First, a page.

Palliser rolls out Studio gallery program at retail

Physical store footprint combines with digital custom tools to bring upholstery line to life for consumers on the sales floor

WINNIPEG, Manitoba — When Palliser launched its Studio gallery concept two markets ago, the goal was to combine technology with product selection to engage consumers with a wide selection of SKUs and options.

Thus, consumers would not only see the footprints on the floor but also ways to tailor it to their liking on a kiosk featuring a 3D modeling tool that lets them see various SKUs in multiple fabrics, leathers, configurations and leg options, not to mention with pillows and companion accent pieces such as storage ottomans.

Customers also can see what their preferred footprint will cost as they design it in the system. In turn, their selections afford the company real-time information on what types of designs are doing the best in the marketplace.

The Design Center at the company’s High Point showroom offers a wide selection of custom leathers and fabrics.

So far the concept appears to be resonating as the company has signed up Studio footprints at around 200 store locations across the U.S. and Canada. The company is just starting to install these galleries, which are expected to range from 3,000 to around 15,000 square feet, William A. Doherty III, senior vice president of product design and visual merchandising, recently told Home News Now.

Doherty said the gallery concept is not necessarily unique in the marketplace. However, it gives Palliser the opportunity to introduce the company’s expanded lineup to consumers who may not be familiar with the brand.

The company showcases a mix of its upholstery in its High Point showroom, giving retailers ideas on how they can display vignettes in their own Studio galleries.

Thus, instead of just having a sofa/loveseat/chair combination along with a sectional or two on the floor, retailers and their customers have a more comprehensive mix including stationary and motion sofas and sectionals along with ottomans, recliners and accent chairs available in 75 leathers and 75 fabrics.

“The whole idea is to differentiate ourselves from our competitors at retail,” Doherty said, noting that the goal is to create a niche and visual merchandising story on the sales floor that helps set the company apart.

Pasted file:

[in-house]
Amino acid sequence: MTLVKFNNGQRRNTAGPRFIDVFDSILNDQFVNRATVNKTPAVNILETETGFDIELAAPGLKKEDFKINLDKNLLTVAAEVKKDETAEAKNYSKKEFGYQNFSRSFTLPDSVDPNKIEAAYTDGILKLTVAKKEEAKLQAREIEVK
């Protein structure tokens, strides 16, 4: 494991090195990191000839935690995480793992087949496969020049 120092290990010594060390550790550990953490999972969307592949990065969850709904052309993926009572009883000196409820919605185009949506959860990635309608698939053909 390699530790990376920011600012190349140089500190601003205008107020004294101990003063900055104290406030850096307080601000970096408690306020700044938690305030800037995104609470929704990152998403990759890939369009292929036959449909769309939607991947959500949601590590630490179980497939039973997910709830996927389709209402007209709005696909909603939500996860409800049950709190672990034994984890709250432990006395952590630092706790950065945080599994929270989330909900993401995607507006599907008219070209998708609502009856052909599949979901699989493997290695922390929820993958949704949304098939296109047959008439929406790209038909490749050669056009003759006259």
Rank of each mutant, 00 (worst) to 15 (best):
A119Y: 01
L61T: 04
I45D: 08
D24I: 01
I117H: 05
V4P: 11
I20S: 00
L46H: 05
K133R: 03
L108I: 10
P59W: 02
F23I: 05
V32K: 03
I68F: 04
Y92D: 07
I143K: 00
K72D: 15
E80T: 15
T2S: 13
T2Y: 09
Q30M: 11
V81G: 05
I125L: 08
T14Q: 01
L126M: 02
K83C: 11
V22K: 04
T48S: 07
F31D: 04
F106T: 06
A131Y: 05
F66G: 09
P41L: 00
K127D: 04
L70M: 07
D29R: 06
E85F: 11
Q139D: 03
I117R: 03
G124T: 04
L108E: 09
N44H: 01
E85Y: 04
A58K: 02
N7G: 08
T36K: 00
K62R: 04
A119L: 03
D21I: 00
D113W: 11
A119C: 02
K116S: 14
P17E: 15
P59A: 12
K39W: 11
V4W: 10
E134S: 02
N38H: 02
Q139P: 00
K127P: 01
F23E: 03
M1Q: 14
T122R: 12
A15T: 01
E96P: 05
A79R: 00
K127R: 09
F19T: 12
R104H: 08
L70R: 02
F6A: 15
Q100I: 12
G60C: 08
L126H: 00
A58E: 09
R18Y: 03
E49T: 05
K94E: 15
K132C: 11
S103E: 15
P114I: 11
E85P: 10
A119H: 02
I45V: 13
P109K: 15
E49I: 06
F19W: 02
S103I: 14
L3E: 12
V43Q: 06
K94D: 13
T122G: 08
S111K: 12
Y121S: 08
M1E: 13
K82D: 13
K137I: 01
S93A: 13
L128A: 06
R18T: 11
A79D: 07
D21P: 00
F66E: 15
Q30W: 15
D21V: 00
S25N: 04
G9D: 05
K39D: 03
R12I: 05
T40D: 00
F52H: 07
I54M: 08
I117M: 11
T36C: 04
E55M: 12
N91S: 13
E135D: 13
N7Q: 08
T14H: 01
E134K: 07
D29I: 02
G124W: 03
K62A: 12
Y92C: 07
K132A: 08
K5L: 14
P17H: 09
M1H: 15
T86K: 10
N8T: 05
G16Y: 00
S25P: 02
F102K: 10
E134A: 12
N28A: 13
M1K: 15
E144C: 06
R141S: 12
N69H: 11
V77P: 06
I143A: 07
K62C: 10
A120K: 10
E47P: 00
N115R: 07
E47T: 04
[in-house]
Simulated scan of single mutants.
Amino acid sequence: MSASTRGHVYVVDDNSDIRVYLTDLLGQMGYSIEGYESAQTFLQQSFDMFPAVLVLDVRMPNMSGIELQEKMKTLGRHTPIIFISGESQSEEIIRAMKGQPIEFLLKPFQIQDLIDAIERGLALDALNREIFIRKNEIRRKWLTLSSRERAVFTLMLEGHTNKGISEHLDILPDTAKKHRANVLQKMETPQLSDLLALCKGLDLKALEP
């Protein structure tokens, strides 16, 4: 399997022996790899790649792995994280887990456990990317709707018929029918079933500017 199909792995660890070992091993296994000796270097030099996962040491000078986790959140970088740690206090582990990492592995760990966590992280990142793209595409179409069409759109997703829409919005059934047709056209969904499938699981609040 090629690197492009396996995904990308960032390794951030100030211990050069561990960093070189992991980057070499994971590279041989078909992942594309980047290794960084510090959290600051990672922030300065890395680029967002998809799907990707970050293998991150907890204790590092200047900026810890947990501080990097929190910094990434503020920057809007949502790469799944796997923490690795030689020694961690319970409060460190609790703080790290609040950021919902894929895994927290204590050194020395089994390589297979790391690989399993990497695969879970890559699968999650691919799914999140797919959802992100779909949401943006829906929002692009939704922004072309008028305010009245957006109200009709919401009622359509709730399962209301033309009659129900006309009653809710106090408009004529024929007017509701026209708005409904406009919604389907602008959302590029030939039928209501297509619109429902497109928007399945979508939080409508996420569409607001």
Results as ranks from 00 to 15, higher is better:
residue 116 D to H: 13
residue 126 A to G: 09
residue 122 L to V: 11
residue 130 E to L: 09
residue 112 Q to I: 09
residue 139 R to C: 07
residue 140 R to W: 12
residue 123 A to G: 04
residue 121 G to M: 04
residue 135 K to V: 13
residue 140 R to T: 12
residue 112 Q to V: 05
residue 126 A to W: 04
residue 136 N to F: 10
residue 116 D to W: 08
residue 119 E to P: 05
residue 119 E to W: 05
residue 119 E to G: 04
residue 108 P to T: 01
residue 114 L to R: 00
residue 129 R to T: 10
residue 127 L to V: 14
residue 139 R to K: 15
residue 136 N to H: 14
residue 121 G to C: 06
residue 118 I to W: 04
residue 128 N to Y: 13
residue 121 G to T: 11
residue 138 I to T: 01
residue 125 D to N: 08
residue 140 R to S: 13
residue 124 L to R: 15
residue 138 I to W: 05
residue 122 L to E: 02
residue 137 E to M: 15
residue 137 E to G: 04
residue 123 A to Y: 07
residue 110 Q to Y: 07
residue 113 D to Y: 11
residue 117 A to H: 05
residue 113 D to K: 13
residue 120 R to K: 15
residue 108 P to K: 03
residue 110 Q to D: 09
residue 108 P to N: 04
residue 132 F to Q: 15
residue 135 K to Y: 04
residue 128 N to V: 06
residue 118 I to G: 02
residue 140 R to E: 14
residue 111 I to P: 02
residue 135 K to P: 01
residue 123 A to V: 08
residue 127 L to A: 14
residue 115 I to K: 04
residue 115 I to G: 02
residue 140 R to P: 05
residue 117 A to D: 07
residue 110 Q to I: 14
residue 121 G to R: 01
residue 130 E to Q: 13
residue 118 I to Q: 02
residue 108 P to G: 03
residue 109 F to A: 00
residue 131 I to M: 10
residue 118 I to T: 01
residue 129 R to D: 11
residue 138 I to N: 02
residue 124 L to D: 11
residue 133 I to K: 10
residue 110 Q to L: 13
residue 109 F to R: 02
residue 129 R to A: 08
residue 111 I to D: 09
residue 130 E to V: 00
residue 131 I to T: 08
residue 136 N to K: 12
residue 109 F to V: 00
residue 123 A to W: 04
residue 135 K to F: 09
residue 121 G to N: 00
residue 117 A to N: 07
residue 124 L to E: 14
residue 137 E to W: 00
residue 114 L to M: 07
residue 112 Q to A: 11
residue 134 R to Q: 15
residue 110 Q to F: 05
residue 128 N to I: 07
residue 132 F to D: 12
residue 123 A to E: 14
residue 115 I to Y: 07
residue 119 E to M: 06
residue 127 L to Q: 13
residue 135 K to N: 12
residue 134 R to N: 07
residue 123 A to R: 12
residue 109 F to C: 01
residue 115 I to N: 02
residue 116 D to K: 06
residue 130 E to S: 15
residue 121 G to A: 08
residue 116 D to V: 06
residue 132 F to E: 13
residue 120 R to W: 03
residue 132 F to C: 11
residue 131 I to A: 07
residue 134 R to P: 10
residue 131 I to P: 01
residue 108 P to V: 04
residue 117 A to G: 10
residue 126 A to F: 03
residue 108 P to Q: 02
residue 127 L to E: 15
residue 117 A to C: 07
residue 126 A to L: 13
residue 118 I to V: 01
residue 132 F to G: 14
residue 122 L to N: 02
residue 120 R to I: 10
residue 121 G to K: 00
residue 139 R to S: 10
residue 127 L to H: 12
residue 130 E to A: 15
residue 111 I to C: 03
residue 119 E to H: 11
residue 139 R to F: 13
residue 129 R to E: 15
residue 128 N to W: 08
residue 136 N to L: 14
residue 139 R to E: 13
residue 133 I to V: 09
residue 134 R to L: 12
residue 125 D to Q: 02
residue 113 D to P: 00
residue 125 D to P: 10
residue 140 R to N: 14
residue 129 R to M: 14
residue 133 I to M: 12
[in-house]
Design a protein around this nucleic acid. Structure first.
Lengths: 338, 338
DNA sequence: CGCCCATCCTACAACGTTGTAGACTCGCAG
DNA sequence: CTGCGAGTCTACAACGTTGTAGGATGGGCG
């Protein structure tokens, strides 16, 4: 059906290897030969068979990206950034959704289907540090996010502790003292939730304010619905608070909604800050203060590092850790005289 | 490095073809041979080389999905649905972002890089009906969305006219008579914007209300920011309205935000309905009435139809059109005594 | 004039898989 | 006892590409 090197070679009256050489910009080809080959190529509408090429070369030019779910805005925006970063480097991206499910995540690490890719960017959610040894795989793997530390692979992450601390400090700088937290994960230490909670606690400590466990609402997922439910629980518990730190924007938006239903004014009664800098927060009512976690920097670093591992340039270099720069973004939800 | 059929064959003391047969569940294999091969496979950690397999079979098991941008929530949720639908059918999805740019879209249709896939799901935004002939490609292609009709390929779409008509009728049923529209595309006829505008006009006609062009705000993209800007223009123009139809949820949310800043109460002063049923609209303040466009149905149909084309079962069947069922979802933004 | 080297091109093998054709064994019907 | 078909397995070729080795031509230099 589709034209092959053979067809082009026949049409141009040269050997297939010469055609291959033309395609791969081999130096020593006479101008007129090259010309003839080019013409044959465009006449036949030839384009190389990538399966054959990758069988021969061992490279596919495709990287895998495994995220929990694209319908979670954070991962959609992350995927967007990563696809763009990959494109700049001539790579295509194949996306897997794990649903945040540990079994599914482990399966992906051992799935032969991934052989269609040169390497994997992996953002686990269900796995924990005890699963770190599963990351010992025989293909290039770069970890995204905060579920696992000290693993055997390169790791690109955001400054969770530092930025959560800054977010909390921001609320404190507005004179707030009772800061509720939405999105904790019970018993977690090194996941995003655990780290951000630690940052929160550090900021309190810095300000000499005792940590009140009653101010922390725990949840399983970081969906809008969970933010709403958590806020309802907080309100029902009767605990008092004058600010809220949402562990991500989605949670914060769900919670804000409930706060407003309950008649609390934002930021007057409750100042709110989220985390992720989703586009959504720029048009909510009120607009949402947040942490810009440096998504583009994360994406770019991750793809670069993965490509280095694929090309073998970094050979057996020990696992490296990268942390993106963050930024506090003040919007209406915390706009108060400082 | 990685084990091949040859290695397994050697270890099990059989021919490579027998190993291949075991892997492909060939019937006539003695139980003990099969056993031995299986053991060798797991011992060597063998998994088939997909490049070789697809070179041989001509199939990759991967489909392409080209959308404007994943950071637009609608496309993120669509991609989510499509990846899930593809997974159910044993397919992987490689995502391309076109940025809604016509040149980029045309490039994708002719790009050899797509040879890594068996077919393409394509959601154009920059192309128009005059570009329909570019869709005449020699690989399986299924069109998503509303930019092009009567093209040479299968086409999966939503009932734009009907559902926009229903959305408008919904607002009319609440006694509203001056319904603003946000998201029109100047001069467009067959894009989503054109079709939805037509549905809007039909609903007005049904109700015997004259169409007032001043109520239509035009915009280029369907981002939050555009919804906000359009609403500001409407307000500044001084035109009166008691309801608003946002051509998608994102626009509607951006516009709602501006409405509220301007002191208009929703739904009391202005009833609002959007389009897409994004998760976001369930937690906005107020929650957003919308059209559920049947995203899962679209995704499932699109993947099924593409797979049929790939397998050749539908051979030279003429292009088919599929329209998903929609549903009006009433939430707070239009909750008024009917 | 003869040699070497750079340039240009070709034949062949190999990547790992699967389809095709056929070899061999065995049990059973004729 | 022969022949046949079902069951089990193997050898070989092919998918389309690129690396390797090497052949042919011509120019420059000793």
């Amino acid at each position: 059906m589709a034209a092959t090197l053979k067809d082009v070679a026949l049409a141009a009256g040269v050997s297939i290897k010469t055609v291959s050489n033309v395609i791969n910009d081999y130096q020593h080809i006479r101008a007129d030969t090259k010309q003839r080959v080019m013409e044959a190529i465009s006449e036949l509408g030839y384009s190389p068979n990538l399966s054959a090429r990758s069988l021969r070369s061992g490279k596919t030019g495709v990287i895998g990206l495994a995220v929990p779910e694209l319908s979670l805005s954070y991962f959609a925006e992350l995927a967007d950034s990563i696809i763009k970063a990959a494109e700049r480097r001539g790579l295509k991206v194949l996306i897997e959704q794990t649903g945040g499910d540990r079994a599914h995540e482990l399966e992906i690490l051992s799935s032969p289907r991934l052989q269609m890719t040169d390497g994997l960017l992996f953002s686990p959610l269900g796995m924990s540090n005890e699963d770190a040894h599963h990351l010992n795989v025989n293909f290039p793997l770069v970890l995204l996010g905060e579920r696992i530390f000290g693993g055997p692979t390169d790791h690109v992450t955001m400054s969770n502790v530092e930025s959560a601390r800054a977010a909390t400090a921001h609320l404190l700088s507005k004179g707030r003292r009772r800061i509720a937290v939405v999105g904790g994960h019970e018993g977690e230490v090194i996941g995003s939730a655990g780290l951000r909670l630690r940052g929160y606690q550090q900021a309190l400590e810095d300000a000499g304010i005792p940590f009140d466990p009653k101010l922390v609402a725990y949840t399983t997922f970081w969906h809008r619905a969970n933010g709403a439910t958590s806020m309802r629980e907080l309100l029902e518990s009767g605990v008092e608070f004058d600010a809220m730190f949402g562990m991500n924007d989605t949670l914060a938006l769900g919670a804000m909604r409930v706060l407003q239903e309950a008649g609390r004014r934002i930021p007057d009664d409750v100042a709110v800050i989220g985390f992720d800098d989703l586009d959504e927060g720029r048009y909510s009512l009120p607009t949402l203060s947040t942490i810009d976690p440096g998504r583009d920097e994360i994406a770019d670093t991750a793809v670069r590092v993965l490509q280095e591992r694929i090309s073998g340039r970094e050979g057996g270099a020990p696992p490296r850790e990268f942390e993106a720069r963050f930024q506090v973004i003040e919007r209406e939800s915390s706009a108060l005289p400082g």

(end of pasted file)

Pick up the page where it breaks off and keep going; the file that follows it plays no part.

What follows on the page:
A digital kiosk lets customers pick their fabric, leather and configuration, be it one or two pieces or modular sectional footprint.

“So when a customer walks into a multiline store, we want to be able to create a presentation that speaks to our brand and again differentiates us from the others. We want to have a cohesive story and we want consumers to know they are in a Palliser area, if you will, and be able to dictate the tone of the space.”

He said that the concept helps retailers as well by offering a presentation that is both appealing and “helps define the area and breaks up their store from the monotony of sofa, after sofa, after sofa.”

“We have been out there selling the concept and that has been our pitch, and so far it’s been phenomenal,” he added of the response at retail.

The concept remains on display in the company’s showroom in Space 400 of 220 Elm, showcasing multiple seating categories. It also has a design center with a selection of custom leathers and fabrics and a touch digital screen similar to what’s available for consumers to customize and build their product at retail.

The display helps retailers visualize the wide selection of custom options, while also offering a sense of how they transition between colors, textures and hues.

“We try to make it easy to coordinate, and you can see how it easily moves from blues to greens to neutrals and cognac colors,” Doherty said, noting that the vast majority of the fabrics have a performance element, with offerings that are suitable for the entire room. “So they can choose what’s best for them. Our job is to educate the retailer and ultimately get the end consumer the right product in their  home. It is about selling from strength. So, if you don’t want leather that’s fine; we also have fabric, we have leather alternatives and we have accent patterns. We just want to make sure we are checking off all the boxes so ultimately, when you get the product in your home you are happy.”

Thomas Russell

Home News Now Editor-in-Chief Thomas Russell has covered the furniture industry for 25 years at various daily and weekly consumer and trade publications. He can be reached at and at 336-508-4616.

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